A new study, published in the journal Psychopharmacology, finds another reason to enjoy tea time: green tea can help improve the brain's cognitive functions.
The study, conducted by researchers at the University Hospital of Basel in Switzerland, suggests that green tea could be helpful in treating cognitive impairments—those caused by dementia, for instance.
Tea Is Rich in Antioxidants
Green tea, which comes from the leaves of the Camellia sinensis bush, is made from unoxidized leaves. And it is high in antioxidants.
Previous studies have also found a link between green tea and cognition, but the exact mechanisms that may be causing these effects have not been identified until now.
In the study, 12 healthy volunteers received a milk whey–based soft drink containing either 27.5 grams of green tea extract or the same drink without green tea (as control). As the participants performed several tasks that involved working memory, magnetic resonance imaging (MRI) was used to measure their brain activity.
Improved Performance on Memory Tasks
Participants who drank the green tea extract displayed increased connectivity between the right superior parietal lobule and the frontal cortex of the brain. This activity correlated with improved performance on working memory tasks.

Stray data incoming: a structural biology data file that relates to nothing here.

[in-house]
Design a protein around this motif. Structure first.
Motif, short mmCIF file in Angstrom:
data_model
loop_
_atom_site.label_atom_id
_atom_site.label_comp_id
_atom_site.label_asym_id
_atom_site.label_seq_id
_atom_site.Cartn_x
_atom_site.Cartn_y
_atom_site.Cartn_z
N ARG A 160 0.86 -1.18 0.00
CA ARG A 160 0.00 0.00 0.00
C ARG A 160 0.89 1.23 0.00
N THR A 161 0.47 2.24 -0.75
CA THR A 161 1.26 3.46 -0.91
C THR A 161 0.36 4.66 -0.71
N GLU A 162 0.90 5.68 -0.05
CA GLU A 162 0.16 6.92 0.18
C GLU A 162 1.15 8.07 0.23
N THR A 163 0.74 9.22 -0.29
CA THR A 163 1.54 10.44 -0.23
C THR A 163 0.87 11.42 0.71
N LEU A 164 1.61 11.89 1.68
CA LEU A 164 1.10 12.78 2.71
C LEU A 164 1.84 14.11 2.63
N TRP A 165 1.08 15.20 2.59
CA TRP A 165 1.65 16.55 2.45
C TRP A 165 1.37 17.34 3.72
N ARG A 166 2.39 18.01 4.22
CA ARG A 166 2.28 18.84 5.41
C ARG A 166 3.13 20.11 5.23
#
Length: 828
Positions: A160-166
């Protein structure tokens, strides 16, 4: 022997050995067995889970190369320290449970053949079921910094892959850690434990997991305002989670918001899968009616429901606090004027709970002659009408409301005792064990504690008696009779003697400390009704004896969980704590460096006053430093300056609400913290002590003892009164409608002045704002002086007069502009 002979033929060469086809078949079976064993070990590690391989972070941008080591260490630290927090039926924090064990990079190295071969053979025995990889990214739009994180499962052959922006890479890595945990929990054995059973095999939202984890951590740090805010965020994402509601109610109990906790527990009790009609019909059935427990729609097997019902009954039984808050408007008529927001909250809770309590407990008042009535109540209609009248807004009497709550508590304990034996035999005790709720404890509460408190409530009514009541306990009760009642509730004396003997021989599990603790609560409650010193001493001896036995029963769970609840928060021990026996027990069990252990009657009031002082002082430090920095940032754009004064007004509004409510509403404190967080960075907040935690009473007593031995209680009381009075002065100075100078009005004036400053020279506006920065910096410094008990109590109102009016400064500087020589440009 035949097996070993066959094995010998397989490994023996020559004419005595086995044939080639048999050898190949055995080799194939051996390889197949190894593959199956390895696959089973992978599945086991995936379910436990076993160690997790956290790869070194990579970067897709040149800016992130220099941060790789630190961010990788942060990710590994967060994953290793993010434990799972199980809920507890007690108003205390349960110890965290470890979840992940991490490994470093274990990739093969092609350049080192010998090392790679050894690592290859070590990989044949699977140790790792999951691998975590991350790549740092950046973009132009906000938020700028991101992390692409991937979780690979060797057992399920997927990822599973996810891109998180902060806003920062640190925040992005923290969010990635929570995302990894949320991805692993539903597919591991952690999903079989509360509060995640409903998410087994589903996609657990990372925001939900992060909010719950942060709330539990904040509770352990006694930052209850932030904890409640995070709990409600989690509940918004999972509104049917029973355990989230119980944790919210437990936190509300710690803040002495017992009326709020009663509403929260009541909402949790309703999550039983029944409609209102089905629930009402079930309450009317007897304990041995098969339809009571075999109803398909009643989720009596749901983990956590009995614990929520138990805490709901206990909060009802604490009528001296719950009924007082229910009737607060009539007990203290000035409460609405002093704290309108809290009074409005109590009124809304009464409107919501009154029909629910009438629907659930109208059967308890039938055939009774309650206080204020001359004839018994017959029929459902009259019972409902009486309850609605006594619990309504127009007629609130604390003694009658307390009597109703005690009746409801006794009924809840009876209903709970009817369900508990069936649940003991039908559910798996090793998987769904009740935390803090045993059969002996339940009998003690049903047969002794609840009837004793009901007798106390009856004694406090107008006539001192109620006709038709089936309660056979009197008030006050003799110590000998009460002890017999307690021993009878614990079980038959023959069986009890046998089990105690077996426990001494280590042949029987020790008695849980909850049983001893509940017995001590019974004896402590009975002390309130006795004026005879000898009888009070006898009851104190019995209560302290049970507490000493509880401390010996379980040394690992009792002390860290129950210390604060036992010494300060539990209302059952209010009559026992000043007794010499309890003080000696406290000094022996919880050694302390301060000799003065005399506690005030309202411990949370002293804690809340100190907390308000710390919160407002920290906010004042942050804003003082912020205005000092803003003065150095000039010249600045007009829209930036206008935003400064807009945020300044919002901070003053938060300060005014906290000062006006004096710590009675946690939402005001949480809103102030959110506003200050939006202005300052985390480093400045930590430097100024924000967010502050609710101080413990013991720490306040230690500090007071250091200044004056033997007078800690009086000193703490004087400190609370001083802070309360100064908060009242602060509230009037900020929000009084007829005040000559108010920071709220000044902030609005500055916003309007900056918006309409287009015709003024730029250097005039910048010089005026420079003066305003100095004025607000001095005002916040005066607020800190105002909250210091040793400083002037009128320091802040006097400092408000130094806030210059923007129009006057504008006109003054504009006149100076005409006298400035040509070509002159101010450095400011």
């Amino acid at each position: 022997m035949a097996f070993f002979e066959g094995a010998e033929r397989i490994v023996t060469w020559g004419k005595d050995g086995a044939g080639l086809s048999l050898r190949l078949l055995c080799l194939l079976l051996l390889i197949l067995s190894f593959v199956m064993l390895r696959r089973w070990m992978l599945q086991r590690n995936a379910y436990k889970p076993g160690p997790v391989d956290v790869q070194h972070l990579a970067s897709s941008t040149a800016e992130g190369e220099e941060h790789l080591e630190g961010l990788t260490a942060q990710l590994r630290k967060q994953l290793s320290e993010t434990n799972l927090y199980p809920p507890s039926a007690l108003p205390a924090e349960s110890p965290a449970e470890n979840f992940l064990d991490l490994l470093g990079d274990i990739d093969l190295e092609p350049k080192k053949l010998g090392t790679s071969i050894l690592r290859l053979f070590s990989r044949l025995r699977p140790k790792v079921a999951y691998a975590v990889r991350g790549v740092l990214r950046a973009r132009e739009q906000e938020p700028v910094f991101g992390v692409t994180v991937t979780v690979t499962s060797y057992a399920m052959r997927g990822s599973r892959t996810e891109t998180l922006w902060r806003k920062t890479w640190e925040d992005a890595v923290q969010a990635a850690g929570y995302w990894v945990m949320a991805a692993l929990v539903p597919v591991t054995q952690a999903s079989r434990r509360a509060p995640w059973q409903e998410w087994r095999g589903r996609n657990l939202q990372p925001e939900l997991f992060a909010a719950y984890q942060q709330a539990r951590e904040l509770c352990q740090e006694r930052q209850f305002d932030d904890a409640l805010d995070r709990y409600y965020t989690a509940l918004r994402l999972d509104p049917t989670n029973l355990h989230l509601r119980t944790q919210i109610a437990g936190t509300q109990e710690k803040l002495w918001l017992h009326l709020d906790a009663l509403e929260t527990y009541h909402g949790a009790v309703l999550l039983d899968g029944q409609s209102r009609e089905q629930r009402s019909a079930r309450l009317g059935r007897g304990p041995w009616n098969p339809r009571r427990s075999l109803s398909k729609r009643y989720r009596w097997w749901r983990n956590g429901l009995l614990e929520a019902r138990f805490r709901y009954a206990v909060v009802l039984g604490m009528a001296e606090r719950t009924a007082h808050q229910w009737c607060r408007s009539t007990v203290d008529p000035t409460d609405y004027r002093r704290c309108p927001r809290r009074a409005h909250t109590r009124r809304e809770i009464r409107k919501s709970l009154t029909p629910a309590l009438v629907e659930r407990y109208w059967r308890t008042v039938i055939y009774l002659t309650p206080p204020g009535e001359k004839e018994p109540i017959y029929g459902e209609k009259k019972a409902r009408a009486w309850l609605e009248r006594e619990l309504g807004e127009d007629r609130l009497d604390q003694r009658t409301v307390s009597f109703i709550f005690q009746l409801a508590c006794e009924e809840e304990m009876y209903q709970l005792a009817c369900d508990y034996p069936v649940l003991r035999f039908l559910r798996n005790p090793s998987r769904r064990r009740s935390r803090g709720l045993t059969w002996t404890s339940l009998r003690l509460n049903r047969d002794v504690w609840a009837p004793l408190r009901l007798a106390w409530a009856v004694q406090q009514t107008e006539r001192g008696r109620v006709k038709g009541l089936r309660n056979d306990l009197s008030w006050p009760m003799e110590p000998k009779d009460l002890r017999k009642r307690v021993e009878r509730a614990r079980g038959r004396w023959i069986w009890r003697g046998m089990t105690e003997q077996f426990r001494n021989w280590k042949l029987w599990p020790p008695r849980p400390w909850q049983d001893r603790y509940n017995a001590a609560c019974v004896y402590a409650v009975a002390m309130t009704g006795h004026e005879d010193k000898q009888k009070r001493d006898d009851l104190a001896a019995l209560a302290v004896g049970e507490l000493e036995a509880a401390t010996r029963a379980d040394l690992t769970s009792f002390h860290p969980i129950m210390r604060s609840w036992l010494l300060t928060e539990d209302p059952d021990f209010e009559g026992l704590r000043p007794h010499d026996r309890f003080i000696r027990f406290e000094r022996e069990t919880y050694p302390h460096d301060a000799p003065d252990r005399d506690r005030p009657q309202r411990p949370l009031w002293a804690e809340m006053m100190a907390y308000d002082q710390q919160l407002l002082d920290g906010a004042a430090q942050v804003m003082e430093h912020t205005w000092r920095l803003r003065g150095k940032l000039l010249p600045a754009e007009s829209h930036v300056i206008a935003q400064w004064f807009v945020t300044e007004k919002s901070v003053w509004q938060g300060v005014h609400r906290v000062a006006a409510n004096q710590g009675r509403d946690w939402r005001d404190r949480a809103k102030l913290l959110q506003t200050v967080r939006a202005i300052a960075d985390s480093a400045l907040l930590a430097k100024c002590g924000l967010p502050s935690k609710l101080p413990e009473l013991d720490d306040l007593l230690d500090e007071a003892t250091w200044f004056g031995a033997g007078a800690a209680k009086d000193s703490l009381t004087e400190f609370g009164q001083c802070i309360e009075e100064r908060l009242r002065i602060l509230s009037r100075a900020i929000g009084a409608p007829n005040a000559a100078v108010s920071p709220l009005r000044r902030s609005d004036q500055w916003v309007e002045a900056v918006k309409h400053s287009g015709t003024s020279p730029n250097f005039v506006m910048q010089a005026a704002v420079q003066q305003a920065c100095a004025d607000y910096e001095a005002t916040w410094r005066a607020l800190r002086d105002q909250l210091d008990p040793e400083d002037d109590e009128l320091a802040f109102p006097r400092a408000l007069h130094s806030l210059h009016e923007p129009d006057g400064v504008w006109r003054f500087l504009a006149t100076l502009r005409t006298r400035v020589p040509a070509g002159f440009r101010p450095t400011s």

According to the researchers, their study shows that green tea extract enhances functional connectivity from the parietal to the frontal cortex during working memory processing, in healthy subjects.
The researchers found that this effect on effective connectivity was related to the green tea–induced improvement in cognitive performance. “Our findings provide first insights into the neural effect of green tea on working memory processing at the neural network level, suggesting a mechanism on short-term plasticity of interregional brain connections," said the researchers in a statement.
Because green tea appears to increase connectivity between frontal and parietal brain regions during working memory processing, the researchers believe that it would be worthwhile to test green tea's efficacy in treating disorders involving cognitive impairments, such as dementia.
Acknowledging that the study had limitations, the researchers said that compared with the imaging results, there was no significant connection found between green tea consumption and task performance. In addition, subjects didn’t consume a pure green tea extract, so other components, such as caffeine, may have had some impact on participants' cognitive performance.